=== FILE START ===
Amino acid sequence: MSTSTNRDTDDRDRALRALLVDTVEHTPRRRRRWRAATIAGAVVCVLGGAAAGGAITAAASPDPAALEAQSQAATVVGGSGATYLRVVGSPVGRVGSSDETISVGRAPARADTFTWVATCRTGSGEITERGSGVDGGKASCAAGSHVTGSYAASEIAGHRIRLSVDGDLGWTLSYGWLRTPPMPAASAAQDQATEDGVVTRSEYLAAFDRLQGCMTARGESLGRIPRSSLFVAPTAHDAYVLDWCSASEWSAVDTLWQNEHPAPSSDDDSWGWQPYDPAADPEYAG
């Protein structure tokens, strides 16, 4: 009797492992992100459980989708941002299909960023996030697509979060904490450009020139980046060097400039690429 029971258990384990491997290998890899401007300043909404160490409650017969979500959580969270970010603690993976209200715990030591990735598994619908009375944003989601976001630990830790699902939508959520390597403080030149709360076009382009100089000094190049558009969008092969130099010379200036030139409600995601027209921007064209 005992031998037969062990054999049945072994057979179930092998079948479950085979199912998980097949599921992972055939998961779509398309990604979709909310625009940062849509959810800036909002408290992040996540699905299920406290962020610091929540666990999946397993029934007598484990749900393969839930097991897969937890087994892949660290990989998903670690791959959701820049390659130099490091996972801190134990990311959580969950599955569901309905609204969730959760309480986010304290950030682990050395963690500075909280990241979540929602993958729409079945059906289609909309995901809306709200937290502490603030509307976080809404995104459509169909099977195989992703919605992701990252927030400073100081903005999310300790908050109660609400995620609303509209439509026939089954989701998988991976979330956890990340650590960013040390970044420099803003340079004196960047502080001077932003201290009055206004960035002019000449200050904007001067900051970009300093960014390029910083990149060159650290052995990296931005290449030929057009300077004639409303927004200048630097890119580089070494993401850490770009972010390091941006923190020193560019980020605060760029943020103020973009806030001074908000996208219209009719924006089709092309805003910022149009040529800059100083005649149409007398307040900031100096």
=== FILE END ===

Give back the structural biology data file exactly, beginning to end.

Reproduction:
Amino acid sequence: MSTSTNRDTDDRDRALRALLVDTVEHTPRRRRRWRAATIAGAVVCVLGGAAAGGAITAAASPDPAALEAQSQAATVVGGSGATYLRVVGSPVGRVGSSDETISVGRAPARADTFTWVATCRTGSGEITERGSGVDGGKASCAAGSHVTGSYAASEIAGHRIRLSVDGDLGWTLSYGWLRTPPMPAASAAQDQATEDGVVTRSEYLAAFDRLQGCMTARGESLGRIPRSSLFVAPTAHDAYVLDWCSASEWSAVDTLWQNEHPAPSSDDDSWGWQPYDPAADPEYAG
């Protein structure tokens, strides 16, 4: 009797492992992100459980989708941002299909960023996030697509979060904490450009020139980046060097400039690429 029971258990384990491997290998890899401007300043909404160490409650017969979500959580969270970010603690993976209200715990030591990735598994619908009375944003989601976001630990830790699902939508959520390597403080030149709360076009382009100089000094190049558009969008092969130099010379200036030139409600995601027209921007064209 005992031998037969062990054999049945072994057979179930092998079948479950085979199912998980097949599921992972055939998961779509398309990604979709909310625009940062849509959810800036909002408290992040996540699905299920406290962020610091929540666990999946397993029934007598484990749900393969839930097991897969937890087994892949660290990989998903670690791959959701820049390659130099490091996972801190134990990311959580969950599955569901309905609204969730959760309480986010304290950030682990050395963690500075909280990241979540929602993958729409079945059906289609909309995901809306709200937290502490603030509307976080809404995104459509169909099977195989992703919605992701990252927030400073100081903005999310300790908050109660609400995620609303509209439509026939089954989701998988991976979330956890990340650590960013040390970044420099803003340079004196960047502080001077932003201290009055206004960035002019000449200050904007001067900051970009300093960014390029910083990149060159650290052995990296931005290449030929057009300077004639409303927004200048630097890119580089070494993401850490770009972010390091941006923190020193560019980020605060760029943020103020973009806030001074908000996208219209009719924006089709092309805003910022149009040529800059100083005649149409007398307040900031100096």